A reverse mortgage is a product available to homeowners 55 years of age and older that allows them to draw liquid cash from their home without having to move or sell. A reverse mortgage is secured by the equity in the home, which is the portion of the home’s value that is paid off.
How it works
You do not have to make any regular or lump sum payments on a reverse mortgage, as you would with an ordinary mortgage. Instead, the interest on your reverse mortgage accumulates, and the equity that you have in your home decreases with time. If you sell your house or your home is no longer your principal residence, you must repay the loan and any interest that accumulated.
How it can benefit you:
- You don't have to make any regular payments on the loan.
- You can turn some of the value of your home into cash, without having to sell it.
- The money you borrow is a tax-free source of income.
- This income dose not affect the Old-Age Security (OAS) or Guaranteed Income Supplement (GIS) benefits.
- You maintain ownership of your home.
- Reverse mortgages are subject to higher interest rates than most mortgage types.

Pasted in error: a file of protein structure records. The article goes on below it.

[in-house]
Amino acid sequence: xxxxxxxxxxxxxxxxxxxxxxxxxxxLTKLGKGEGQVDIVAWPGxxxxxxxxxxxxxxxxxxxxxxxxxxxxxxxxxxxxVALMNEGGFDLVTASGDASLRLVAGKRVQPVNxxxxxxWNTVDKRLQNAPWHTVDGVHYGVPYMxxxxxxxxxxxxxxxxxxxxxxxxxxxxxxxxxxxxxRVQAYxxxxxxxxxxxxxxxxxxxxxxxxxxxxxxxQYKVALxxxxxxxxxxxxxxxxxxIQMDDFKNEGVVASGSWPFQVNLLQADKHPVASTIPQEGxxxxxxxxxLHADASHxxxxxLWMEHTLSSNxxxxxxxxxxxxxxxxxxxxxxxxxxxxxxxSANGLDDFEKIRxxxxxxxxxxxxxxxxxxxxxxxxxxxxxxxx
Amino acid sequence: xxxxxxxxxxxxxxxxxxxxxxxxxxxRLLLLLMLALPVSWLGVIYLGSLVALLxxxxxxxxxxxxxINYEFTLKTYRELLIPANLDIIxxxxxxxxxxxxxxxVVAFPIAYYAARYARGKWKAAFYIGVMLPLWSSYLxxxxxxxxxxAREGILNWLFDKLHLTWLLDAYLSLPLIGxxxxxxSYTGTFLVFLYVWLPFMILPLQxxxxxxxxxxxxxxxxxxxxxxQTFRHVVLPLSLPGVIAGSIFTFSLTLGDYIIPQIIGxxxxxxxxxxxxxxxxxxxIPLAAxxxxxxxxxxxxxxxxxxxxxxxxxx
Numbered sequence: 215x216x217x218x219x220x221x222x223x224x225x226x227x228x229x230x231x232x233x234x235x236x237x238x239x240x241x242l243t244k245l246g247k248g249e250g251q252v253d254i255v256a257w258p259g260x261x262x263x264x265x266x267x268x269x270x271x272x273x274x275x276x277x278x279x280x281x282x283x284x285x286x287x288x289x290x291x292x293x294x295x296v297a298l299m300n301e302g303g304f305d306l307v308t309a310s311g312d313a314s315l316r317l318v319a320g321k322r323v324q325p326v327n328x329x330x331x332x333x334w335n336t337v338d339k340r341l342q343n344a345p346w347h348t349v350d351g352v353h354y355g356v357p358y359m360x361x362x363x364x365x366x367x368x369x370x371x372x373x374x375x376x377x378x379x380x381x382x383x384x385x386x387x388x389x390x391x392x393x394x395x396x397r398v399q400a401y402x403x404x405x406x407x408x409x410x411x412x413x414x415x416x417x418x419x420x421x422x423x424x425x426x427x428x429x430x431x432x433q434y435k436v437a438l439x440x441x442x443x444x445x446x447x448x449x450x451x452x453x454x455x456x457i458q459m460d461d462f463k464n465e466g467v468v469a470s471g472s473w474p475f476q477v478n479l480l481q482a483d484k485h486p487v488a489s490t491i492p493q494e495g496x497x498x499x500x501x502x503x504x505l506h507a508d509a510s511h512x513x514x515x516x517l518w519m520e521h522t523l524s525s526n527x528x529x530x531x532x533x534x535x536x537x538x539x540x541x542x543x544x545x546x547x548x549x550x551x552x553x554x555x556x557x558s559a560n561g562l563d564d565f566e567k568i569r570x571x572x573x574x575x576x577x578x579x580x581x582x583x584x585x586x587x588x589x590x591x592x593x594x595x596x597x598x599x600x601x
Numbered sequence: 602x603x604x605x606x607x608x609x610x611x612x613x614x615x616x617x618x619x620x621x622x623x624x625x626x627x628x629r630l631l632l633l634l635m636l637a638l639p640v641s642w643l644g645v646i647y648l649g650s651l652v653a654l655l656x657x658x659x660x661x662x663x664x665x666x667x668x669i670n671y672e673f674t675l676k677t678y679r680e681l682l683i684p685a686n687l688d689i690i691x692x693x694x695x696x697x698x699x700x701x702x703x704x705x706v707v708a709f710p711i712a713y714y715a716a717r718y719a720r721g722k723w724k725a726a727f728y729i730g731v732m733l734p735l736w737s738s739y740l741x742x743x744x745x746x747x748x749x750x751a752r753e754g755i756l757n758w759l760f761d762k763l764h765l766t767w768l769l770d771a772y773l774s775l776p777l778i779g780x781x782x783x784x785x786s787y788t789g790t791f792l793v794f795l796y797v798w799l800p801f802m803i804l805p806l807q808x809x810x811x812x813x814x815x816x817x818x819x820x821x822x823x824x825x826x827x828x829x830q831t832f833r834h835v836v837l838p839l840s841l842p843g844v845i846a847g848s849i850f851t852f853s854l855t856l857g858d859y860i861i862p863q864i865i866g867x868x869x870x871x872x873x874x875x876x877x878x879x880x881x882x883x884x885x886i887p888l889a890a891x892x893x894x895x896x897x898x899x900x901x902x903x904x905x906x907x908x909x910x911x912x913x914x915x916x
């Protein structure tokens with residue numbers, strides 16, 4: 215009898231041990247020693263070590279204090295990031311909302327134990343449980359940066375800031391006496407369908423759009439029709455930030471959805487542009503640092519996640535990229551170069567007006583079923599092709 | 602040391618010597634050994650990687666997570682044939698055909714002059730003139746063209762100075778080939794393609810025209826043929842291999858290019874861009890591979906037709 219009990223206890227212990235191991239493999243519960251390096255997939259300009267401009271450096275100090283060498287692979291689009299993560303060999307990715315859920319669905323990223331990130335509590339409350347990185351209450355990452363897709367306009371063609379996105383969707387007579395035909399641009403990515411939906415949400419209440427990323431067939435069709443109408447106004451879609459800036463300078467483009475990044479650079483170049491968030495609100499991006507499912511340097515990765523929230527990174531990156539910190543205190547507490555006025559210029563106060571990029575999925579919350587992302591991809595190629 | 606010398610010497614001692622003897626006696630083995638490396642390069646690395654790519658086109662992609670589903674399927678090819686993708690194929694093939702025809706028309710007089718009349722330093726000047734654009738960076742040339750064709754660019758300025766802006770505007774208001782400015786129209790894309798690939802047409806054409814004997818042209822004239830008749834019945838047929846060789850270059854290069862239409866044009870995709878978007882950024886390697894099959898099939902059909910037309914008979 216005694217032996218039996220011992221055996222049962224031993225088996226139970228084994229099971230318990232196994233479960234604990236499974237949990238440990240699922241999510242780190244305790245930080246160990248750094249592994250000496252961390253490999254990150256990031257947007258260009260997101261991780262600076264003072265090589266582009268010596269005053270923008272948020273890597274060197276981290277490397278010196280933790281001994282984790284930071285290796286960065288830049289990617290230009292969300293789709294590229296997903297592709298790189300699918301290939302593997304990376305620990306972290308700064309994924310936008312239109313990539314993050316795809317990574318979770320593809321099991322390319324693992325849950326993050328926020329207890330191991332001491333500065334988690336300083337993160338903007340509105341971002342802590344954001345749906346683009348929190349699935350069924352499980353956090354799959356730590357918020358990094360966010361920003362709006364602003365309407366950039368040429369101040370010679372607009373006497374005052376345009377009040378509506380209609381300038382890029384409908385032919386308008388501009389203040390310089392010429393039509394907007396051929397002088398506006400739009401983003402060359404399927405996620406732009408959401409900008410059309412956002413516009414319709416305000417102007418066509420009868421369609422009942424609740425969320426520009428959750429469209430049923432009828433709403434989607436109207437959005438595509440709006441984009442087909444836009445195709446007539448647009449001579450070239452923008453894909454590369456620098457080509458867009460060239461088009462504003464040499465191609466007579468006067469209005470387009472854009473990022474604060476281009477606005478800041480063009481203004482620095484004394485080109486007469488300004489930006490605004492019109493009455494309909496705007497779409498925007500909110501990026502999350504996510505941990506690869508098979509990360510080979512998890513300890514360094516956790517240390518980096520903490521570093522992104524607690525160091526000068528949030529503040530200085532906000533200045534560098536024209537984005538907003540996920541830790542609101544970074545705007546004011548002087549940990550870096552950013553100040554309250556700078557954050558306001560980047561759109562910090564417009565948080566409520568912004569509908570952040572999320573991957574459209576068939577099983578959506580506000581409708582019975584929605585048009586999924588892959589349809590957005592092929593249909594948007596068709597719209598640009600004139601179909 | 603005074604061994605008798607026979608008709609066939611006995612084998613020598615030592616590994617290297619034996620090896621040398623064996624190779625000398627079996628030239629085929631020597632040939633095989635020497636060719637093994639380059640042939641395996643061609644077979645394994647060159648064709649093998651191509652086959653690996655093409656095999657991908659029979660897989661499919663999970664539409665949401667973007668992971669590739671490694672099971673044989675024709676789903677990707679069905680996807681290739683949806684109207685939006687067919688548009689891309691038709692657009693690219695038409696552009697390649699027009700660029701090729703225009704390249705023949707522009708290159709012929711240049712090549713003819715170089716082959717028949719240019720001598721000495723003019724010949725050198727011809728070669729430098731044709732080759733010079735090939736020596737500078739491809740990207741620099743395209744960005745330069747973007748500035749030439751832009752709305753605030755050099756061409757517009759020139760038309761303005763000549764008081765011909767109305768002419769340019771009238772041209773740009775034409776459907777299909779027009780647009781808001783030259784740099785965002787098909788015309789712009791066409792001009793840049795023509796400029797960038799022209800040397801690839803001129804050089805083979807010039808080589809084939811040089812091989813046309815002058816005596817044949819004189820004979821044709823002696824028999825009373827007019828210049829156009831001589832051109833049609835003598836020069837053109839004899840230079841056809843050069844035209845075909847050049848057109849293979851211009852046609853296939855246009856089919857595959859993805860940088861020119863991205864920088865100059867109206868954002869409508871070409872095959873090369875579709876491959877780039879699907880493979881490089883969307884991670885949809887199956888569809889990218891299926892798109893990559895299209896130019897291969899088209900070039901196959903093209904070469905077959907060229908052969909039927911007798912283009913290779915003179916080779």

- The equity held in your home will decrease as the interest on a reverse mortgage accumulates.
- If a reverse mortgage is outstanding at death, the estate must repay the loan and interest in full within a limited time.
- The costs associated with a reverse mortgage are usually quite high. They can include:
- A higher interest rate than for a traditional mortgage or line of credit.
- A home appraisal fee, application fee or closing fee.
- A repayment penalty for selling the house or moving out within three years of obtaining a reverse mortgage.
- Fees for independent legal advice.
Will I qualify for a reverse mortgage?
A lender will look at several factors to determine whether you qualify for a reverse mortgage. The largest contributing factor will be how much equity a person has in their home. Lenders also take into account age, the appraised value of the home, current interest rates and the location.
*Source Financial Consumer Agency of Canada